Despite the eye-catching Instagram posts showing everything from homestays in the Amazon to anxiety-inducing trips to North Korea, it seems that most people are still relatively conservative when it comes to holidays.
BIO’s recent UK consumer survey shows that beach holidays and city breaks remain top of the list for the majority of people, whatever the age group. But travellers’ behaviour is gradually evolving and new travel trends (as well as wider shifts in spending habits) are now affecting their expectations, even for traditional breaks.
Experience is everything
In our fast-paced society, time well spent has become more and more valuable. Half of Brits feel ‘time poor’ and that they don’t have time for fun in their everyday lives. So perhaps it’s not surprising that in a world full of equalities, experiences are now prioritised over physical products as a way of boosting status. How does this shift affect travel, a sector whose primary role is based around creating meaningful experiences?
Over the past few years, new types of holiday to fulfil the travel expectations of experience-led customers, have emerged in the sector. Solo travellers and adventure seekers are more common than ever before, with a small but influential group seeking transformational travel that provide them with meaning and personal fulfilment.
A number of new travel brands focus solely on these niche markets, with brands like FlashPack gaining a big chunk of the market share due to the rise in customers that prefer to go solo. But the potential is there for big travel brands too. Expanding services to cater to these new trends might be a bit hit-and-miss without thorough customer research, but there is huge potential to take learnings from non-traditional travel and apply them to existing offerings to attract a new kind of audience.
What people expect and how people experience their destination is changing. There’s been a visible shift towards exploring (and seeking out) off-the-beaten-track destinations, with travellers increasingly craving local experiences and places far away from the well-known tourist traps.
Big brand opportunities
Many of today’s customers look for a healthy mix of the good old beach or city break and experience-led destination discovery. So how can travel brands use digital to help them get maximum enjoyment out of their destination? Developing ways to showcase adventure opportunities, support solos, help travellers discover local flavour, or turn a trip into an experience with deeper meaning could assist in building lasting relationships. Whether a customer opts in for a traditional package or not, they still look for tools that can make their holidays feel special.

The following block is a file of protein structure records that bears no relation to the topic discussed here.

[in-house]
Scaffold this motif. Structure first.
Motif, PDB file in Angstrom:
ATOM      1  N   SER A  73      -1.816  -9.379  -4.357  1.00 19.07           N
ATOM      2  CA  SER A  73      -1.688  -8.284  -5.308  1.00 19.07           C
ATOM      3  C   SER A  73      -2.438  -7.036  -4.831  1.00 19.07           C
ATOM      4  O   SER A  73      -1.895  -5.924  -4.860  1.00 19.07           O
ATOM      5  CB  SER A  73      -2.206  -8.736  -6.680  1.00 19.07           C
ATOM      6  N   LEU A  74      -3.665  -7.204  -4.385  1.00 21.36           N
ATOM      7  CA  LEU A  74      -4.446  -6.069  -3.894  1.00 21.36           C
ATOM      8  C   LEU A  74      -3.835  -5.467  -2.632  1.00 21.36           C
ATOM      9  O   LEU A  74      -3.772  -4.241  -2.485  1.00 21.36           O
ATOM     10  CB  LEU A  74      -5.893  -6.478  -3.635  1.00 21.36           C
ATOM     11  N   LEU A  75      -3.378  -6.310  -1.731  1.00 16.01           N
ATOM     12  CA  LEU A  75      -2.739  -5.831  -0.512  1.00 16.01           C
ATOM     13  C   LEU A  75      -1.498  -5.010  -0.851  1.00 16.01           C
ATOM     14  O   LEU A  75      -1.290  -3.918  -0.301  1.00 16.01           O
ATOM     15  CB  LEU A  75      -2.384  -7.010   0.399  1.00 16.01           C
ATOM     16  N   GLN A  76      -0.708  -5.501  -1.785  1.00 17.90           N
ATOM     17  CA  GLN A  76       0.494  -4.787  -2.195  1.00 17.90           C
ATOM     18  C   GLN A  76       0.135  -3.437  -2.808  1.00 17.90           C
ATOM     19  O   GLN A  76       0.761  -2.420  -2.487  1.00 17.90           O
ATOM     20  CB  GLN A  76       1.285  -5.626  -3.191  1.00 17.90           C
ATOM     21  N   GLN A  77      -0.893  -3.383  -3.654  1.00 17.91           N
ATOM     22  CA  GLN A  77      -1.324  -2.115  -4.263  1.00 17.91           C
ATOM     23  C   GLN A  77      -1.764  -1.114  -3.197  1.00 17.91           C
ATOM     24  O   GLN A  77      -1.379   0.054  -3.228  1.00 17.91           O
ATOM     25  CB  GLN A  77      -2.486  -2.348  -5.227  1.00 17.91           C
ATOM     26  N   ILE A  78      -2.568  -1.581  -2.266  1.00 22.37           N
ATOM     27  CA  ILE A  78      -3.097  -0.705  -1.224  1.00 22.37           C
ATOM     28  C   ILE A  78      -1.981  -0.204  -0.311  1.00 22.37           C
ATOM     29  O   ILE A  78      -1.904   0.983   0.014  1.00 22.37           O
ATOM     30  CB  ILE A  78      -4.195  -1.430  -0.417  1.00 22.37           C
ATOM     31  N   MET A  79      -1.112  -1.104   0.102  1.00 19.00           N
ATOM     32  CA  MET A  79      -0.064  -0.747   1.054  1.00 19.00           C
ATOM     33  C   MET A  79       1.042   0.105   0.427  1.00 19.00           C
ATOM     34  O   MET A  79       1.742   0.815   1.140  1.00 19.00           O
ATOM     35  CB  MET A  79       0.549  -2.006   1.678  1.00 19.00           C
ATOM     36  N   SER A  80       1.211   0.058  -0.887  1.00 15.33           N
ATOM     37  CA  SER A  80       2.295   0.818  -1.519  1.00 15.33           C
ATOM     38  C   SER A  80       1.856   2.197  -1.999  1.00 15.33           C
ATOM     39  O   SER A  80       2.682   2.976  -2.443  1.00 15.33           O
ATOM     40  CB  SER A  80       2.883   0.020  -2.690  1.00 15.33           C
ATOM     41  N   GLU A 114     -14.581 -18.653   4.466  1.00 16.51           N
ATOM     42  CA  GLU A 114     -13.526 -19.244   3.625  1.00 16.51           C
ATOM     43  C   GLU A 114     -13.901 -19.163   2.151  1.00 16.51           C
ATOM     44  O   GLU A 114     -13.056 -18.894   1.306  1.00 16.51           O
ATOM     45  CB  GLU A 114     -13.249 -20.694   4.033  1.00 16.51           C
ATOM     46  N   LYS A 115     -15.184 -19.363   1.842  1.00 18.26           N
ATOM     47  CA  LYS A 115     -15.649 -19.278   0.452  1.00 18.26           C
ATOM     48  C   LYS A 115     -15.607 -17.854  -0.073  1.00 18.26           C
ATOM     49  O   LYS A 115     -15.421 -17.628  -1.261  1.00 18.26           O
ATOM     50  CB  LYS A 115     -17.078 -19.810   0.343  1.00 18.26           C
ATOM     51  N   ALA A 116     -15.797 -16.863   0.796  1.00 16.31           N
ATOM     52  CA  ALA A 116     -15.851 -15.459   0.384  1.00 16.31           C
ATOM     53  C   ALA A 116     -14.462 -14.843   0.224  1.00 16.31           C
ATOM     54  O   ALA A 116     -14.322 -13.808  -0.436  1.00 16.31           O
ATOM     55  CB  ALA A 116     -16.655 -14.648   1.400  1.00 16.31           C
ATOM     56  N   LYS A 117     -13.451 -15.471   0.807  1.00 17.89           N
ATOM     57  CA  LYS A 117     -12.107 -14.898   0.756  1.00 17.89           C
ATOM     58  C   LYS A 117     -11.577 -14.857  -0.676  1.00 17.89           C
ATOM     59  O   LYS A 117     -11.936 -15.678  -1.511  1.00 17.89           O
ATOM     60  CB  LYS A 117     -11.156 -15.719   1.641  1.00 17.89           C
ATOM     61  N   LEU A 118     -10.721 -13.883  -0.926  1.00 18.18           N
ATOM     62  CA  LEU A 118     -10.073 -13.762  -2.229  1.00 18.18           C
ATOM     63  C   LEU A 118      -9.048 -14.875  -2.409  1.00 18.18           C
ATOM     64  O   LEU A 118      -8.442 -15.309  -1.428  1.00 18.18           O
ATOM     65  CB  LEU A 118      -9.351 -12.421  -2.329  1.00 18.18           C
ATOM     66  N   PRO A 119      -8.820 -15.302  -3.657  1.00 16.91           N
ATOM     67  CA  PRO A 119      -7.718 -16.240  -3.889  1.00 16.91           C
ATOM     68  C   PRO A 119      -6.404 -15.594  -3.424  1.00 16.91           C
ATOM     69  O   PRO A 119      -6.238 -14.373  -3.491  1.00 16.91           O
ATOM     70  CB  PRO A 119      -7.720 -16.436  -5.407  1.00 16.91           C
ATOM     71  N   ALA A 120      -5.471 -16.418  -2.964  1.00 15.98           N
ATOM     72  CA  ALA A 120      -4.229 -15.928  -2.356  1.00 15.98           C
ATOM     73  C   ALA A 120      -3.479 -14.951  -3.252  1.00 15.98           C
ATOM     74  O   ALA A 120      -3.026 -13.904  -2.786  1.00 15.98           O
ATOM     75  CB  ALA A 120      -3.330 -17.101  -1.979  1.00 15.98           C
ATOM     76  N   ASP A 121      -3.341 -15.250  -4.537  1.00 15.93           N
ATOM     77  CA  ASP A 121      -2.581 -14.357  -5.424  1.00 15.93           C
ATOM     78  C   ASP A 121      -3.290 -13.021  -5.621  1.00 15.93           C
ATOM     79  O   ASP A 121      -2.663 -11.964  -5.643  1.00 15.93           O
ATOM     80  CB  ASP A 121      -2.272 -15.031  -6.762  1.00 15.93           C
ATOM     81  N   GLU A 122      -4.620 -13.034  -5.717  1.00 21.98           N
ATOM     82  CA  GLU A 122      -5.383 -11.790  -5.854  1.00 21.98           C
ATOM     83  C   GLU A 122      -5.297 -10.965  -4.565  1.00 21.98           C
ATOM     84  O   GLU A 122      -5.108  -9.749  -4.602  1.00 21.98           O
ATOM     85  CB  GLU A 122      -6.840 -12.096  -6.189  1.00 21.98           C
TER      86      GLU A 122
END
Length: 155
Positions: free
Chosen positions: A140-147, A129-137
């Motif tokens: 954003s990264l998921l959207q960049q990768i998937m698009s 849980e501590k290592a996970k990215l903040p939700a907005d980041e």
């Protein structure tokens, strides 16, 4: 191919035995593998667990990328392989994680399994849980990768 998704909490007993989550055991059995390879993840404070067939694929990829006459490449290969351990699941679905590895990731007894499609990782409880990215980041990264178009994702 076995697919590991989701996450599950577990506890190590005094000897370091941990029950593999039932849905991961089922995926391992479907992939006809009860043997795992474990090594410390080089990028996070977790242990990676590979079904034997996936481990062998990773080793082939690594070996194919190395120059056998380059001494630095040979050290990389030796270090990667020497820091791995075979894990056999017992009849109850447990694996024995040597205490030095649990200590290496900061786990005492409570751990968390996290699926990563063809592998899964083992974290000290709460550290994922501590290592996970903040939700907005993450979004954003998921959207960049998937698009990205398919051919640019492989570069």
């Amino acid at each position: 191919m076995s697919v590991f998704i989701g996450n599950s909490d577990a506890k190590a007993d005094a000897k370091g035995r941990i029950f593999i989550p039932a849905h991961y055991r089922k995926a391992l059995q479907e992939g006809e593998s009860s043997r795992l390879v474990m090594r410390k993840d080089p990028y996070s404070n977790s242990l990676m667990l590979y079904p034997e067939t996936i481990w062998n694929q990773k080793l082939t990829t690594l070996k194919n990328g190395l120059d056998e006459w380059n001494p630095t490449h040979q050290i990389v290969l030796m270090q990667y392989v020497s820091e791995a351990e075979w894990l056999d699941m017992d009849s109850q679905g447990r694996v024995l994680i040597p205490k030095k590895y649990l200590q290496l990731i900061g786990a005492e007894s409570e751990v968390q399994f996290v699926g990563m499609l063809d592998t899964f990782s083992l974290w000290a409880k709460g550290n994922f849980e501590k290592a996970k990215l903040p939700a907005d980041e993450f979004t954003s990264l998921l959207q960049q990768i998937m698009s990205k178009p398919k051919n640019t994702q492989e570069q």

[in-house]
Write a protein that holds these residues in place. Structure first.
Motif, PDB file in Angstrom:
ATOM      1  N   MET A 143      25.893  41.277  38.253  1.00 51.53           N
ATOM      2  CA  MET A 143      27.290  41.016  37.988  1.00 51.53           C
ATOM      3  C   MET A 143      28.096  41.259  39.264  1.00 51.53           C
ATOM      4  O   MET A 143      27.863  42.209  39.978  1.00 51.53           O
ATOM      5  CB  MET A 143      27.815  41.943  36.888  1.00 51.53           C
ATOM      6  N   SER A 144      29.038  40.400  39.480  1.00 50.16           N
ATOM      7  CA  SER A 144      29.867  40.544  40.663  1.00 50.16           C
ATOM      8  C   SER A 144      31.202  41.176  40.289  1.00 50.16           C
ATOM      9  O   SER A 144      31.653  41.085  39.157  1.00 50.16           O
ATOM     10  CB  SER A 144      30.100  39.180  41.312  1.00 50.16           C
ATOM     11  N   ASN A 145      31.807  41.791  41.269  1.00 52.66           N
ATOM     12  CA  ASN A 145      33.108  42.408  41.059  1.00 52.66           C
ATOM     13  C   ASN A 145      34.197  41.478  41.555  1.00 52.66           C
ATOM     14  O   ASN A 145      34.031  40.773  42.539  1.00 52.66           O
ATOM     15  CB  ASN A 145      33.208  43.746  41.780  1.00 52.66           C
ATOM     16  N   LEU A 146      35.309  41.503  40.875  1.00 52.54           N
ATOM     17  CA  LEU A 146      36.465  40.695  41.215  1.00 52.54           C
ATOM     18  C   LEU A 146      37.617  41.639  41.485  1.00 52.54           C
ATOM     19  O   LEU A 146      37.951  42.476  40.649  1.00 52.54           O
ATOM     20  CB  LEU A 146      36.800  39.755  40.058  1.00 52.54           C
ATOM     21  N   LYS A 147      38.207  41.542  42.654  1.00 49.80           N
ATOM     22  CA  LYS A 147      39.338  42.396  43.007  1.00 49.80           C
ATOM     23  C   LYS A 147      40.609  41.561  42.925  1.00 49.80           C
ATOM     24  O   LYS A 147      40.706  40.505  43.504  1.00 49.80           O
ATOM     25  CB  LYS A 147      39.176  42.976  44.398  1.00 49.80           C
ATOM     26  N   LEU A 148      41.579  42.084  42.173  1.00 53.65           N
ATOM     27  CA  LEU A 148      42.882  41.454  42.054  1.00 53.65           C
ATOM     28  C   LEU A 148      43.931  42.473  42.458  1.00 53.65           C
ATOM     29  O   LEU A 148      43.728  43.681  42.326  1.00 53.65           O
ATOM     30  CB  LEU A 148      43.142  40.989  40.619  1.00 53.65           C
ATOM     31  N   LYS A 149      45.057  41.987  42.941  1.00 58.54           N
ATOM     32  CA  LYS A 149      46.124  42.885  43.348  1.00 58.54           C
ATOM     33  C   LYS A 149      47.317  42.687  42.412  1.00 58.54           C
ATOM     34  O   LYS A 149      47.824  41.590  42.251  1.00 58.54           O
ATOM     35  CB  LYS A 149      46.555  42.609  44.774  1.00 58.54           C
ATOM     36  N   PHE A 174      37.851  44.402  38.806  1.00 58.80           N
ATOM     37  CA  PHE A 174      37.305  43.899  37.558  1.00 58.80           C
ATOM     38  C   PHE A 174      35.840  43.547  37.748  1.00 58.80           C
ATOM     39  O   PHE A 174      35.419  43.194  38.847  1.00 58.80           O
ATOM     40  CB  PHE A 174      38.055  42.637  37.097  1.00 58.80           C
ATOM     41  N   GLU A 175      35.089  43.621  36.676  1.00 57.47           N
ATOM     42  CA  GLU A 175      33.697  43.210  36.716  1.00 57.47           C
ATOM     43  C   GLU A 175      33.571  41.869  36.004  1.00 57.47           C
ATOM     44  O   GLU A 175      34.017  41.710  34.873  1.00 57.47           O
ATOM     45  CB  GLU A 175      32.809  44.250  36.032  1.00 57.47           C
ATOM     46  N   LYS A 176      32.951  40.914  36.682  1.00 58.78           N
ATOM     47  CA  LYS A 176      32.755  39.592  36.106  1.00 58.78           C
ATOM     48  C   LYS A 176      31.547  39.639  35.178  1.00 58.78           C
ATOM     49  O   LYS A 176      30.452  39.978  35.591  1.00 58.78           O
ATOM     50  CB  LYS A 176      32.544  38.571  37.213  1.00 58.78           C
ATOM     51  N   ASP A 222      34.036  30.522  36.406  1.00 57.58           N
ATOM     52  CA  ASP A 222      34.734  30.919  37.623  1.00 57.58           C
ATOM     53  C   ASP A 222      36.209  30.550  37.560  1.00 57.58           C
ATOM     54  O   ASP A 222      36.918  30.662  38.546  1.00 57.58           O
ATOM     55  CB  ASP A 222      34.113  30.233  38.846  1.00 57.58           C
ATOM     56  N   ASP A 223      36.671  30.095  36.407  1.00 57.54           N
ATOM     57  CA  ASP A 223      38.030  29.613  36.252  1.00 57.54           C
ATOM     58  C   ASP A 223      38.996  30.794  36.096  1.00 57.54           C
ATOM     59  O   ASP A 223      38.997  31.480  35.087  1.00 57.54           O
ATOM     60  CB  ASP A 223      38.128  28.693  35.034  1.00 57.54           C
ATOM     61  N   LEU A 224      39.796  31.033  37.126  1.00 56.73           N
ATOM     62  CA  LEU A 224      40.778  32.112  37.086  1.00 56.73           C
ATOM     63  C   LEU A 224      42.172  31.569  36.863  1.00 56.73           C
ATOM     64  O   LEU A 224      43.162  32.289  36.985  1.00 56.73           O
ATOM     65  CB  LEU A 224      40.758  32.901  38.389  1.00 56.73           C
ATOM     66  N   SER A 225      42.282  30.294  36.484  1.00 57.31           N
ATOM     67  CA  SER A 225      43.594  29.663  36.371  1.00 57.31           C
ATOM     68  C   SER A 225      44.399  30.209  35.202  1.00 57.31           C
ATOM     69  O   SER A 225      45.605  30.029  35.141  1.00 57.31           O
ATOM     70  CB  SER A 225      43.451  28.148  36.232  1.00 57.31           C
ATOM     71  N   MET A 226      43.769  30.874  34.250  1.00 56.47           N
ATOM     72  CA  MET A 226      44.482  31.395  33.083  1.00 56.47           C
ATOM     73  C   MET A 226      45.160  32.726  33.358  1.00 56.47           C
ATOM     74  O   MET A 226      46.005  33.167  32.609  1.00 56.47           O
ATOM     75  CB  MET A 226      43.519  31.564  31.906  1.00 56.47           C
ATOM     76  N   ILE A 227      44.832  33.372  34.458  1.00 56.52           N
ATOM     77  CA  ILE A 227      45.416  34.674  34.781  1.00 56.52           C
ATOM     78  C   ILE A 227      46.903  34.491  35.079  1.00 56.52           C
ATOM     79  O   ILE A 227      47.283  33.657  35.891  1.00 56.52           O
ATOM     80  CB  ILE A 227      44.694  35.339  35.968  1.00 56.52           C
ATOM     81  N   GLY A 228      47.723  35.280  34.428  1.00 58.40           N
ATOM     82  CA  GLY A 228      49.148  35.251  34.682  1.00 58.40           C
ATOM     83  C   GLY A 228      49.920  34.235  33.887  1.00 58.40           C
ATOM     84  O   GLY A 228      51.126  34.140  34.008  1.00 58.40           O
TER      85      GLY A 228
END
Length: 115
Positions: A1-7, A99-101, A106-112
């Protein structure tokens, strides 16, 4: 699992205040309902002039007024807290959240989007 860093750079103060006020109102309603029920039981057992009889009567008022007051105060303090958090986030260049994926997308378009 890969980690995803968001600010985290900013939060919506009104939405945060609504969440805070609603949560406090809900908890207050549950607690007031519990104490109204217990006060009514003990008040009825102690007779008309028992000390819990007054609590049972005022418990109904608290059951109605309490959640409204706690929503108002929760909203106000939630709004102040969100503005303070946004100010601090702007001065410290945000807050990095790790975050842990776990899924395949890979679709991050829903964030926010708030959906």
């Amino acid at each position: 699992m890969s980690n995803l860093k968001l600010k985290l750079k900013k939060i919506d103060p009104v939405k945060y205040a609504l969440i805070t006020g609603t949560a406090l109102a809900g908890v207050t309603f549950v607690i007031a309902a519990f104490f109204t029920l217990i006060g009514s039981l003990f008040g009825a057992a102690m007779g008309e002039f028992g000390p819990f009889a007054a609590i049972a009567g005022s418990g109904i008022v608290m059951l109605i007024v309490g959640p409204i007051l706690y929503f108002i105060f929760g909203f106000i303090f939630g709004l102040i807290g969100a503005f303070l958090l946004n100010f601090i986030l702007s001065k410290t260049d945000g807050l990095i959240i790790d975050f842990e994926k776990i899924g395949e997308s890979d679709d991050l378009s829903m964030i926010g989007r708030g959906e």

Here are three ways brands can deliver best-in-class experiences for today’s travellers, balancing the need for traditional and experience-led adventures:
1. Catering to a new wave of travellers should be a key priority for travel brands
Most travellers may still opt in for a beach break rather than a yoga retreat, but they increasingly want more than all-inclusive drinks and a hotel pool. Providing extra services that unlock a new way of exploring the city or area will build loyalty and ensure positive brand experience. There are many potential opportunities, for instance: an experience platform connecting travellers with local guides, gamification technology to aid destination discovery, AI-enabled tech for personalised itineraries via voice tech or mobile chatbots, or a hotel app with an extra layer of safety for solo travellers.
2. Consider the full customer journey
Travel is a highly fragmented market, with customers likely to use a number of brands during a single trip. This is slowly starting to change, with the most forward-thinking companies now expanding their services to support travellers throughout their journey. Low-cost airline Ryanair has recently shown ambitions to become the ‘Amazon of travel’, with vast efforts directed towards extending their experience from airlines to car hire, transfers, airport parking, room booking, and even holiday packages. While such profound service diversification is a huge challenge for the business – and Ryanair might better focus on fixing their industrial relations and the basic customer experience before trying out new territories – travel brands should still take note. Tools supporting a new travel lifecycle, from booking to returning home are likely to become increasingly popular.
3. Mobile-first design
Customers now rely on their smartphone at every stage of the customer journey – from initial research to booking, discovery and booking management. This means that established travel brands' will need to employ smart use of technology and relentless focus on the omnichannel customer experience if they are to stay competitive in a growing, but increasingly saturated market. With travellers of almost all ages expecting an ever-increasing level of digital innovation, travel brands can’t afford to stand still with their mobile offering.